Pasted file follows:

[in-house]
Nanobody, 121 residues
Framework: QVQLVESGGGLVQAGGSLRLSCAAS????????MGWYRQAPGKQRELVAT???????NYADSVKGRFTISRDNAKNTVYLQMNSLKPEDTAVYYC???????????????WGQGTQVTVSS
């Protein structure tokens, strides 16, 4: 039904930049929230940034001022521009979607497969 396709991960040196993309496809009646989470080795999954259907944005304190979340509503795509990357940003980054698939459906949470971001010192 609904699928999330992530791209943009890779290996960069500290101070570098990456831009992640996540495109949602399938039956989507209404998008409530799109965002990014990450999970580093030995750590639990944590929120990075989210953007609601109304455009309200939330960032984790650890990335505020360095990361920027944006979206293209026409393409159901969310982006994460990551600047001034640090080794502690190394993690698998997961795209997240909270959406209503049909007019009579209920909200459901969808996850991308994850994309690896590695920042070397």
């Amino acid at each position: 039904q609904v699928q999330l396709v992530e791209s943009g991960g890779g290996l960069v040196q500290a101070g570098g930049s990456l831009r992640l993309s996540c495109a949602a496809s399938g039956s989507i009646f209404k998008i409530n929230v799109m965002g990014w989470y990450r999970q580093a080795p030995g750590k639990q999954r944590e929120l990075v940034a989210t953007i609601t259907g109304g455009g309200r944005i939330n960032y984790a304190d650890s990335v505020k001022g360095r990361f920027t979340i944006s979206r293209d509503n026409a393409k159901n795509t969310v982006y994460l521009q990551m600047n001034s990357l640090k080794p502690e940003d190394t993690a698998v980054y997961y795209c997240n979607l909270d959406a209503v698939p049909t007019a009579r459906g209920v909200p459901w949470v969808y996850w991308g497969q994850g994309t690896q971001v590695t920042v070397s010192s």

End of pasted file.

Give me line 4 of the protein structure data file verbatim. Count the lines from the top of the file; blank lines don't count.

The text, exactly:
């Protein structure tokens, strides 16, 4: 039904930049929230940034001022521009979607497969 396709991960040196993309496809009646989470080795999954259907944005304190979340509503795509990357940003980054698939459906949470971001010192 609904699928999330992530791209943009890779290996960069500290101070570098990456831009992640996540495109949602399938039956989507209404998008409530799109965002990014990450999970580093030995750590639990944590929120990075989210953007609601109304455009309200939330960032984790650890990335505020360095990361920027944006979206293209026409393409159901969310982006994460990551600047001034640090080794502690190394993690698998997961795209997240909270959406209503049909007019009579209920909200459901969808996850991308994850994309690896590695920042070397």